New Orleans Firefighter Pension Fund Reform Overview

The resolution of the long-running dispute between the city of New Orleans and its firefighters over management and solvency of the New Orleans Firefighters Pension & Relief Fund (“Fund”) and decades of back-pay is a noteworthy accomplishment.   After a year of research and deliberation among a broad set of interested parties, a comprehensive solution was crafted to resolve two of the city’s greatest open-ended financial burdens – a severely underfunded and distressed pension fund and an unsatisfied judgment for back-pay estimated at approximately $200 million.

At the urging of the Business Council, Mayor Landrieu established a ten-person Firefighters Pension Reform Working Group (“Working Group”) tasked with conducting a systematic and broad scale review of the Fund’s policies, practices, and financial performance in hopes of arresting the ballooning pension liabilities that threatened the city’s long-term fiscal stability.  Membership included city officials, firefighters’ representatives and citizen representatives with expertise in relevant business fields such as finance, accounting, and risk management.  

The Working Group’s mandate was to make recommendations to the mayor, the New Orleans City Council, the Louisiana Legislature, and the Fund’s Board of Trustees regarding pension plan design alternatives, including changes to structure, benefits, contributions and policies to ensure that the Fund is sustainable and affordable for retirees, active firefighters, the city, and taxpayers.  Vijay Kapoor of the Kapoor Company, and Segal Consulting were retained to serve as a mediator and provide technical analysis and actuarial analysis of the Fund and plan design alternatives.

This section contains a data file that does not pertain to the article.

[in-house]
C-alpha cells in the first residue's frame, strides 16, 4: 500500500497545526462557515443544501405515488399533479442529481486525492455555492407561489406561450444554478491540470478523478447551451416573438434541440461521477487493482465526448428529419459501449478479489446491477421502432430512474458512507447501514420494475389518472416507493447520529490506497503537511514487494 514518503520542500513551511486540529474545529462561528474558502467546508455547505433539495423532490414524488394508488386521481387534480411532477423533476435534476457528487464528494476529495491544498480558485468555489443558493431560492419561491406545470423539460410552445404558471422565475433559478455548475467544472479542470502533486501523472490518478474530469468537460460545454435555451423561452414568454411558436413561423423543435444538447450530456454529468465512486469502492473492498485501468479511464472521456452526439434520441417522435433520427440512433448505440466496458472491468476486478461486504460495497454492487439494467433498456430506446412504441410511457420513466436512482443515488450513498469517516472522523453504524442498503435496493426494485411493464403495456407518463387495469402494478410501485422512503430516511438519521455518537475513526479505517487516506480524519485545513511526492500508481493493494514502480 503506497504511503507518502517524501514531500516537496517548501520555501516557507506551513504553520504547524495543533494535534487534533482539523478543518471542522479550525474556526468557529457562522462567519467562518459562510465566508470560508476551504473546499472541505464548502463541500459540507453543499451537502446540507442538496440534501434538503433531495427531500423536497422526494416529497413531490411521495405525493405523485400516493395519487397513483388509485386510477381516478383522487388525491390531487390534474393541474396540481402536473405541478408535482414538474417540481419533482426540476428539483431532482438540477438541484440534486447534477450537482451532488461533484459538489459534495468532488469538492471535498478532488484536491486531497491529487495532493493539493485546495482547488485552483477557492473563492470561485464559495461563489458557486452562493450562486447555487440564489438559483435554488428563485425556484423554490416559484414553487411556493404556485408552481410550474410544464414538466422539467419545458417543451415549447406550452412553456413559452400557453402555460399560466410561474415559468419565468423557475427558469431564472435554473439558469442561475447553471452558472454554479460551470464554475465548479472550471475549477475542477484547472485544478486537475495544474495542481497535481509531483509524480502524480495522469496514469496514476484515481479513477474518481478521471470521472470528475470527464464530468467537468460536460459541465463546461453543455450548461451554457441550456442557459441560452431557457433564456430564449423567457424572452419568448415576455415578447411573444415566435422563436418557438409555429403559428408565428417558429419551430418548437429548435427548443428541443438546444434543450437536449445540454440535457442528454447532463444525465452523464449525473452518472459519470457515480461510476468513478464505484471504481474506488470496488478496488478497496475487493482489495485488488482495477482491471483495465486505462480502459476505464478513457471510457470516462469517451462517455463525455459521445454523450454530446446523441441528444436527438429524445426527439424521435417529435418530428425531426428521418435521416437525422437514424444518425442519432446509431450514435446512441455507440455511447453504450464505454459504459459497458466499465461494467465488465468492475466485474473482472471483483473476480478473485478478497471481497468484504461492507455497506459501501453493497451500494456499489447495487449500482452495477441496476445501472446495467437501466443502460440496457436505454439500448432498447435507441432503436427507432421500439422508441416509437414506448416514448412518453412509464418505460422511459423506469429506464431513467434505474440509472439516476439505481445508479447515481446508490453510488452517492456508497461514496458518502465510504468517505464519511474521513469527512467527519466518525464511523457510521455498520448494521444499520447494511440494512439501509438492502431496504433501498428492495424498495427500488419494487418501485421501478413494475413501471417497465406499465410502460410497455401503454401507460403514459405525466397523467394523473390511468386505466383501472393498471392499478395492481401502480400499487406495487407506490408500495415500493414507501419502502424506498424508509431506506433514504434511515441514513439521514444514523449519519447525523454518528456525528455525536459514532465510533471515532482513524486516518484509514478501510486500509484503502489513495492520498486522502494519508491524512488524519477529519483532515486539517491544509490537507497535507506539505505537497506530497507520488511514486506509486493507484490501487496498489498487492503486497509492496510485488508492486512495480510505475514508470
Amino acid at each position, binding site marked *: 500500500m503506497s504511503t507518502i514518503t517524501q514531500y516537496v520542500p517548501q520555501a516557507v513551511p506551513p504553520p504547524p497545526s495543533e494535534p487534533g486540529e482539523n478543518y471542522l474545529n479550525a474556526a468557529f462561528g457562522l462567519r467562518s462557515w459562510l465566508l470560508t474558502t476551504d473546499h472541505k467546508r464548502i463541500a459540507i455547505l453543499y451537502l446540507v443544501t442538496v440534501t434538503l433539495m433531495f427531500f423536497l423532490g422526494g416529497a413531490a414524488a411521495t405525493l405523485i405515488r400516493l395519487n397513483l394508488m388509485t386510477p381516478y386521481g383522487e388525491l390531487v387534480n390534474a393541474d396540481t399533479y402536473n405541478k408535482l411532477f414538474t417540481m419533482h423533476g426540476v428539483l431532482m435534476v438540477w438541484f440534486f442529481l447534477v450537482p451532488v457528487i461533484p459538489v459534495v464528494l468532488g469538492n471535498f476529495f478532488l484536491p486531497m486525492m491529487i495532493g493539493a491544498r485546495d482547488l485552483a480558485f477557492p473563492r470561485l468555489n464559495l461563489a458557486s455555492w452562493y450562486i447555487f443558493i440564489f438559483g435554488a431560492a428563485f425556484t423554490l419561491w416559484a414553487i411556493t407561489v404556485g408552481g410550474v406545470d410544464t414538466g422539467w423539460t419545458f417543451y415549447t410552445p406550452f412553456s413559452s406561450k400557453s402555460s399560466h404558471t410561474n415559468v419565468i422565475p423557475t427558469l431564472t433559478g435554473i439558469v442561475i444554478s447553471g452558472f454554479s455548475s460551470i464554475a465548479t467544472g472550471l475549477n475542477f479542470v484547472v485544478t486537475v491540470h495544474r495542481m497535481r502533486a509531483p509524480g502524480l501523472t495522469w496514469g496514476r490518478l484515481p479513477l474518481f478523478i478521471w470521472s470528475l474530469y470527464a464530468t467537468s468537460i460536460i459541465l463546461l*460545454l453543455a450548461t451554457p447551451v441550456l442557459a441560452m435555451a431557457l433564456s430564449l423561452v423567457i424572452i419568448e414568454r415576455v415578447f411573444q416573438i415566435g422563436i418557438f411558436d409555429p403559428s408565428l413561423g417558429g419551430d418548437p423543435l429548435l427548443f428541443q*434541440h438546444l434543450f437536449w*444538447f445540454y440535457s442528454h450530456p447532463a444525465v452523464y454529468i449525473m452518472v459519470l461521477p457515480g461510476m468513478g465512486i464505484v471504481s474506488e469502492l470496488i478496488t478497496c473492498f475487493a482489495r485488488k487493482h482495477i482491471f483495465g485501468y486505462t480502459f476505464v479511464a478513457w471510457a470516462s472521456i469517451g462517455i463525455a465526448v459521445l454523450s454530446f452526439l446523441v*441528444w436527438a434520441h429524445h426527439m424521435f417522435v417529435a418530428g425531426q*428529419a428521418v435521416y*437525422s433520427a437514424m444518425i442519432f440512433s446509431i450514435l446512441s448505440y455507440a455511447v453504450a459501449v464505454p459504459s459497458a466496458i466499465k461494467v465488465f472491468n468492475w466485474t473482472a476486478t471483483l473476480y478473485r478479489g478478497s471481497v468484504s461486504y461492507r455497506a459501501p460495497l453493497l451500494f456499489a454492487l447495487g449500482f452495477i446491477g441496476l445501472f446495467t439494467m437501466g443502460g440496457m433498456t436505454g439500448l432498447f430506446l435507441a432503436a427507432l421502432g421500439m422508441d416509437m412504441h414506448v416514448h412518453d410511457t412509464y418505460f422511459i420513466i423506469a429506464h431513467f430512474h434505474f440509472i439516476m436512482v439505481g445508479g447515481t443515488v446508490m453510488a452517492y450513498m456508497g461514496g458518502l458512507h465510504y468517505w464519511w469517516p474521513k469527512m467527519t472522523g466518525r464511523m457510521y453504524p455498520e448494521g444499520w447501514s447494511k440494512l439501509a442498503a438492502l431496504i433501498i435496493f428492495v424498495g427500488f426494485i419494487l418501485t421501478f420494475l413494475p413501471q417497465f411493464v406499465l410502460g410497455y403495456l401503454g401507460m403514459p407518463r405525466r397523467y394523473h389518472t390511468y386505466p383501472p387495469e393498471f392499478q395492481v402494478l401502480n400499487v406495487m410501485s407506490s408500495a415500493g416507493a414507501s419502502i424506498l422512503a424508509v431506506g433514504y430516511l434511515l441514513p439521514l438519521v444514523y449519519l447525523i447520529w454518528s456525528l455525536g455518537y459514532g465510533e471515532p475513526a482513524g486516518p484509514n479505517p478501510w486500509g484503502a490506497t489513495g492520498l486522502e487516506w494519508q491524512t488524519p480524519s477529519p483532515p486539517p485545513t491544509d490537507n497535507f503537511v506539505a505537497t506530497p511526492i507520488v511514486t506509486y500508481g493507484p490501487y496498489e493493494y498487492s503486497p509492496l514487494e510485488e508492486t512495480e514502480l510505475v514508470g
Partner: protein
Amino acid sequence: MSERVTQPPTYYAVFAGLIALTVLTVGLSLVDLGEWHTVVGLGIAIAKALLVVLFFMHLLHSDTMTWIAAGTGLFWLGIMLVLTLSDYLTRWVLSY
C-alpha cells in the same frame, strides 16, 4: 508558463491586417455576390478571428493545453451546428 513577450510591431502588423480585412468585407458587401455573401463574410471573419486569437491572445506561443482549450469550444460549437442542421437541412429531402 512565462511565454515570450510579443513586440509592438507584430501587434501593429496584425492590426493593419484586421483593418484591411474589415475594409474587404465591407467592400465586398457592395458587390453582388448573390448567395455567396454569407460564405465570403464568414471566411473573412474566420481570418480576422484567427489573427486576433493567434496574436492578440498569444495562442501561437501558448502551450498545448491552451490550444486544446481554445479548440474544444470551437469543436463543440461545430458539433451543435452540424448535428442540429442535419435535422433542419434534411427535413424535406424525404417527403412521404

The city and firefighters reached a settlement that accomplished each of the goals championed by the Business Council at the outset of our involvement in the dispute: (i) ensures the Fund’s long-term financial health; (ii) enhances the city’s ability to recruit and retain firefighters; (iii) protects taxpayers; and (iv) strengthens the city’s fiscal health and services.  The settlement is expected to provide cost savings of $275 million over the next thirty (30) years.  Shortly after the agreement was reached Moody’s Investors Service called the deal “a credit positive for the city.”

While we have made great progress, the work is not yet done.  We must make certain that the agreement is fully and completely implemented; the city’s future financial and operational stability depends on it.
 

FIREFIGHTER PENSION FUND REFORM

The resolution of the long-running dispute between the city of New Orleans and its firefighters over management and solvency of the New Orleans Firefighters Pension & Relief Fund (“Fund”) and decades of back-pay is a noteworthy accomplishment.   After a year of research and deliberation among a broad set of interested parties, a comprehensive solution was crafted to resolve two of the city’s greatest open-ended financial burdens – a severely underfunded and distressed pension fund and an unsatisfied judgment for back-pay estimated at approximately $200 million.

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